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Value Studies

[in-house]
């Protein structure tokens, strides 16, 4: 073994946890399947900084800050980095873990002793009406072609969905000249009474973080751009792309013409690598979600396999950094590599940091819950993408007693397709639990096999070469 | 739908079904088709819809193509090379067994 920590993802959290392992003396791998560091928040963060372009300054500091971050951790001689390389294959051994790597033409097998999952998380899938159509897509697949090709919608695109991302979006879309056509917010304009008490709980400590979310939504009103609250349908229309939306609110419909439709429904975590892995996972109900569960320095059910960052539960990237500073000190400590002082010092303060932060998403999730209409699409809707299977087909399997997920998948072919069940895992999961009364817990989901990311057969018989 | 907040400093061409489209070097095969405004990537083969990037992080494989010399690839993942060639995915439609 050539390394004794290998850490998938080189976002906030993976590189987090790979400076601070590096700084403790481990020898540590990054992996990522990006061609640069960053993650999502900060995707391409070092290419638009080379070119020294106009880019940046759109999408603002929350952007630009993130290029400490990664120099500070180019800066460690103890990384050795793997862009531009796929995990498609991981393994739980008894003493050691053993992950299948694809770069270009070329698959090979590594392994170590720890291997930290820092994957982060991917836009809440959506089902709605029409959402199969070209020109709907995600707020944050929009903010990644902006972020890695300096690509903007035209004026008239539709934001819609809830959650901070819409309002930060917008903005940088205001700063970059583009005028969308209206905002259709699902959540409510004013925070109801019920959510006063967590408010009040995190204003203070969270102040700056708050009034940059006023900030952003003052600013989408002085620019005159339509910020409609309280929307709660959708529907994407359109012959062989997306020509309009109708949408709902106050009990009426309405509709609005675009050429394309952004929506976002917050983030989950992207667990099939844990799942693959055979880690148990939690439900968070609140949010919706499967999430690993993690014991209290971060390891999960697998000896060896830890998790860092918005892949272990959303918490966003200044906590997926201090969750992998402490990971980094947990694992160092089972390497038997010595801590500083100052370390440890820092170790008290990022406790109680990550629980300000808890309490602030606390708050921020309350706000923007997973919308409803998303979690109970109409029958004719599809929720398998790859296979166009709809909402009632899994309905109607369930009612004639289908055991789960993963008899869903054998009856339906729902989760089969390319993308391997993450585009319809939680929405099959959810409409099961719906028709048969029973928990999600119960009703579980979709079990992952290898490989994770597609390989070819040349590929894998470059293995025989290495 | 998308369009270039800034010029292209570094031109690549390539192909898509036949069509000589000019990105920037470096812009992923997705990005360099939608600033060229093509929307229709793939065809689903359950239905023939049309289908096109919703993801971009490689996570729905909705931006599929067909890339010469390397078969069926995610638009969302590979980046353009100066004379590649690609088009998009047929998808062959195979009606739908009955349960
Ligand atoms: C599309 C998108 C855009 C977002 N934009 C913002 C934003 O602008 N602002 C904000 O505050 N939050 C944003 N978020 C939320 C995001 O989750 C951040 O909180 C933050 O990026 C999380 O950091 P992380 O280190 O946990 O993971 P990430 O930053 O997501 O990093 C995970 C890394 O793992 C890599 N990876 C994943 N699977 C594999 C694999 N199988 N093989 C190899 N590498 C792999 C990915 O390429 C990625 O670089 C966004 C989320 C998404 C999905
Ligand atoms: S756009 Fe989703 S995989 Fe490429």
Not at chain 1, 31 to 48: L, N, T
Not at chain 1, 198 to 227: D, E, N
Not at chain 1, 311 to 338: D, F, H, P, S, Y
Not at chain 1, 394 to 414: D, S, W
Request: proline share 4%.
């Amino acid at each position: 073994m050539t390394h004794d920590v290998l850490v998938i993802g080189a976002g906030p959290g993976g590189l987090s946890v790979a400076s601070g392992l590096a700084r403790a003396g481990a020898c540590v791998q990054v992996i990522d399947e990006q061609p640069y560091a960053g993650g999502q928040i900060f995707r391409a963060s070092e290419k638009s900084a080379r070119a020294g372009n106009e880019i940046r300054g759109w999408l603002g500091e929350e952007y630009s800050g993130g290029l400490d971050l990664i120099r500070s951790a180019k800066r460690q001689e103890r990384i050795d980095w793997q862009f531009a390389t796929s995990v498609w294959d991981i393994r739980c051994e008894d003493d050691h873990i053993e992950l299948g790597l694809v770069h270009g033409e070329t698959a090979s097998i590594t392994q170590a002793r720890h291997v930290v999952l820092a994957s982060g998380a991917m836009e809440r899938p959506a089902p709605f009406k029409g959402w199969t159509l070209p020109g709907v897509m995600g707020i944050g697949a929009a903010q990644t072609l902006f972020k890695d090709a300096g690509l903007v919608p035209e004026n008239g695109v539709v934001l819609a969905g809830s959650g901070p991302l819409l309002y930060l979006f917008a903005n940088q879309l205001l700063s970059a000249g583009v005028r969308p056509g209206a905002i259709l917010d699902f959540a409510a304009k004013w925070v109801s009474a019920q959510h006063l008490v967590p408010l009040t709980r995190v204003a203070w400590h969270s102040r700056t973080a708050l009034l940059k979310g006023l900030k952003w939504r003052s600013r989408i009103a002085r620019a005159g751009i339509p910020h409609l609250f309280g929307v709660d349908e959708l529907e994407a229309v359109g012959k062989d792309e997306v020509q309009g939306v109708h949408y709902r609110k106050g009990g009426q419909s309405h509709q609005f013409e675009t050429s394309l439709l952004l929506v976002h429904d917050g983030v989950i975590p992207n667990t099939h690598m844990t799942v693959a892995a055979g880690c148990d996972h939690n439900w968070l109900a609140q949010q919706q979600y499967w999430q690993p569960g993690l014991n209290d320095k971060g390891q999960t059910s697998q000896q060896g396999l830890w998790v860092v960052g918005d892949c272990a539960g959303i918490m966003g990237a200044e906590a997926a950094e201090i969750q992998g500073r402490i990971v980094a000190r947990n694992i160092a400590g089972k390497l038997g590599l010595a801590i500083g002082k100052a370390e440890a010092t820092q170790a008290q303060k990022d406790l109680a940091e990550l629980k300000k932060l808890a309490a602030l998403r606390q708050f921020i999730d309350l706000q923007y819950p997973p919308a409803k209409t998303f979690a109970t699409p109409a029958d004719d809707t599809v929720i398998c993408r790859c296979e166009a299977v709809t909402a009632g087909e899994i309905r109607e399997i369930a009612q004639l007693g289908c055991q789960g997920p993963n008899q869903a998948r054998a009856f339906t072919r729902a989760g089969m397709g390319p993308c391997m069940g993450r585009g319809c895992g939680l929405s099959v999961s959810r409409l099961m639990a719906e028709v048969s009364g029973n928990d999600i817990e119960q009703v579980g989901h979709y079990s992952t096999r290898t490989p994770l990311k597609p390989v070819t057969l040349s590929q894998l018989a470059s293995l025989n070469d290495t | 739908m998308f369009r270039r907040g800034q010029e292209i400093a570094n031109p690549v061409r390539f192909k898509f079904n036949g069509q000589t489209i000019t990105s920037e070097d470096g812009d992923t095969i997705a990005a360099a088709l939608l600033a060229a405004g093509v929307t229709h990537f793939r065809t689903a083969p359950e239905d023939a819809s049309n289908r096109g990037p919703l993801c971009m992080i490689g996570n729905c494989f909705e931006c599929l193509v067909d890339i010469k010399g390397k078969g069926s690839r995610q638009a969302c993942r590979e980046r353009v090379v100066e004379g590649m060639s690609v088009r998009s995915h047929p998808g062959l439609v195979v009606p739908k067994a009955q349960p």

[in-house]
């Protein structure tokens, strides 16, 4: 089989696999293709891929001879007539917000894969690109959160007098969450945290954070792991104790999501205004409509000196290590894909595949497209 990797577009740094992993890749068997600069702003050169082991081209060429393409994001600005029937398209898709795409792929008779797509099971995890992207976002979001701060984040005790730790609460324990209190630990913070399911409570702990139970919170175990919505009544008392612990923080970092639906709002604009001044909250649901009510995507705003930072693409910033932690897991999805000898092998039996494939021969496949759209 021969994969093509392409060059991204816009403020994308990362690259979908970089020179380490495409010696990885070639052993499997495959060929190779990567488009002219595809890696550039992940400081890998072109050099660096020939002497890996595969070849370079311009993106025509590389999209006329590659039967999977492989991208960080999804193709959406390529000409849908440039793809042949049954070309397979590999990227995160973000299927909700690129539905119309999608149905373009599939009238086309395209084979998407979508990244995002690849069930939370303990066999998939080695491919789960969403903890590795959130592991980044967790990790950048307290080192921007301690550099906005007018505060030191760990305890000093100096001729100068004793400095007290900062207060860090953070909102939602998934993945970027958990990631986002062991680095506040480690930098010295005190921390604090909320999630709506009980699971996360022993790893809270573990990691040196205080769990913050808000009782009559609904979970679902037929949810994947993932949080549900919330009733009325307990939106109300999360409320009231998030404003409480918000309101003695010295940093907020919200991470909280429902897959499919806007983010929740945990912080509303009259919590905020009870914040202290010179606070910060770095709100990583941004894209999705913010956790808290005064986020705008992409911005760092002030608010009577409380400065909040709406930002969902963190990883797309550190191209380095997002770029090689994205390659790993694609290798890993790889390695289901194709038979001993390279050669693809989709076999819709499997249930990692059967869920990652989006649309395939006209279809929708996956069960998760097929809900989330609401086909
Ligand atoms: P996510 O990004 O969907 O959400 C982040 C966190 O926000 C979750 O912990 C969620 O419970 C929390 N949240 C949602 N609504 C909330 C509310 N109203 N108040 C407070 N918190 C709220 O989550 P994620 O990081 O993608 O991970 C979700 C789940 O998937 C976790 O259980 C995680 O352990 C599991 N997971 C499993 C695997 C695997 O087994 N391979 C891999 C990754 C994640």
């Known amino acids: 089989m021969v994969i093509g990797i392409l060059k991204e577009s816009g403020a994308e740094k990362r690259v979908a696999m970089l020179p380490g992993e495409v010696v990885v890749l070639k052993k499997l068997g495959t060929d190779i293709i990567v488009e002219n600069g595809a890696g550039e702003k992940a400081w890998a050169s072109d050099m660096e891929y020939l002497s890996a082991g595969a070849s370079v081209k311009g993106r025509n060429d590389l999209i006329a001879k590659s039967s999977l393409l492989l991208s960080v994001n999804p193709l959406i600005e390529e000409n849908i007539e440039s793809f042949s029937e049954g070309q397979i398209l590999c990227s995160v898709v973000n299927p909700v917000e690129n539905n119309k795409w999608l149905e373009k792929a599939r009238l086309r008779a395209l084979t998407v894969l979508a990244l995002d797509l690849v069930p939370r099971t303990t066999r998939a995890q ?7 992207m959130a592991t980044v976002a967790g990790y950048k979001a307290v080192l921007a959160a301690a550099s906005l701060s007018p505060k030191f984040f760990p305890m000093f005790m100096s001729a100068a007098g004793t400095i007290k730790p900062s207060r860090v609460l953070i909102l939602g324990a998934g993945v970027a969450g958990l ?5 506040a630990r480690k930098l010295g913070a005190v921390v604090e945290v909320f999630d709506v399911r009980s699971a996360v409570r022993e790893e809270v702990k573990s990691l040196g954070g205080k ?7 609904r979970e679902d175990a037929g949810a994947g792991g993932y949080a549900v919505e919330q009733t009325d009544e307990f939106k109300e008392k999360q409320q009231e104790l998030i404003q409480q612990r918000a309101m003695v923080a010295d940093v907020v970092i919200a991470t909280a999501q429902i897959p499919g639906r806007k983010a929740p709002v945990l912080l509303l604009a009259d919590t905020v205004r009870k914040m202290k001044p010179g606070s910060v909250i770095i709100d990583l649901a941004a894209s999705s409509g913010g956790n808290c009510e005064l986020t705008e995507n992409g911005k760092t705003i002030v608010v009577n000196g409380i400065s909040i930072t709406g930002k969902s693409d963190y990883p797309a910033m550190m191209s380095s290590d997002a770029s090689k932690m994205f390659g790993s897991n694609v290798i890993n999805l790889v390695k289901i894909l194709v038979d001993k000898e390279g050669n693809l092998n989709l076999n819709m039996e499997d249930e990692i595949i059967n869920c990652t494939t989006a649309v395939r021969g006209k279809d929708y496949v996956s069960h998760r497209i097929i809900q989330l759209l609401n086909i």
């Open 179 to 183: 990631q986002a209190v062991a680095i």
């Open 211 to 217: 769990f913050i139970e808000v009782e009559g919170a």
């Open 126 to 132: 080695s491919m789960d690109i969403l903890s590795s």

ECLA was a liberal arts college and cooperated with some of the best liberal arts colleges in the United States. However, instead of simply adopting one of the existing U.S. models of liberal education, ECLA chose a more ambitious route. Through a series of curricular experiments that began in 2003, ECLA faculty developed a new 'value questions' approach to liberal education. The first premise of this approach was that questions about values have a pre-disciplinary claim on all of us: we discuss questions about justice, beauty, truth and other values around the dinner table with family and friends long before we go to universities. Placing such questions at the centre of a university curriculum is unusual, but has many advantages. An ongoing concern with value questions results in academic training that is not merely academic, but relevant far beyond academia. A curriculum focused on value questions allows academics from many different backgrounds to work together with a shared sense of purpose. It promises a better integrated liberal education than the distribution requirement model, and is more flexible than the great books programme. It is also an approach that invites dialogue between different cultural and political commitments, and reflection on the relation between theory and practice. Most importantly, perhaps, the value questions approach educates the student not just as a future worker, but as a person and citizen. Good value questions always engage and challenge us personally. And the dialogues such questions inspire are, ultimately, ongoing explorations of the extent to which we can find common normative ground for shared lives. As Plato's Socrates observed, disagreement about values is a source of anger and enmity. By addressing value questions together, ECLA students educated themselves to inhabit a common world.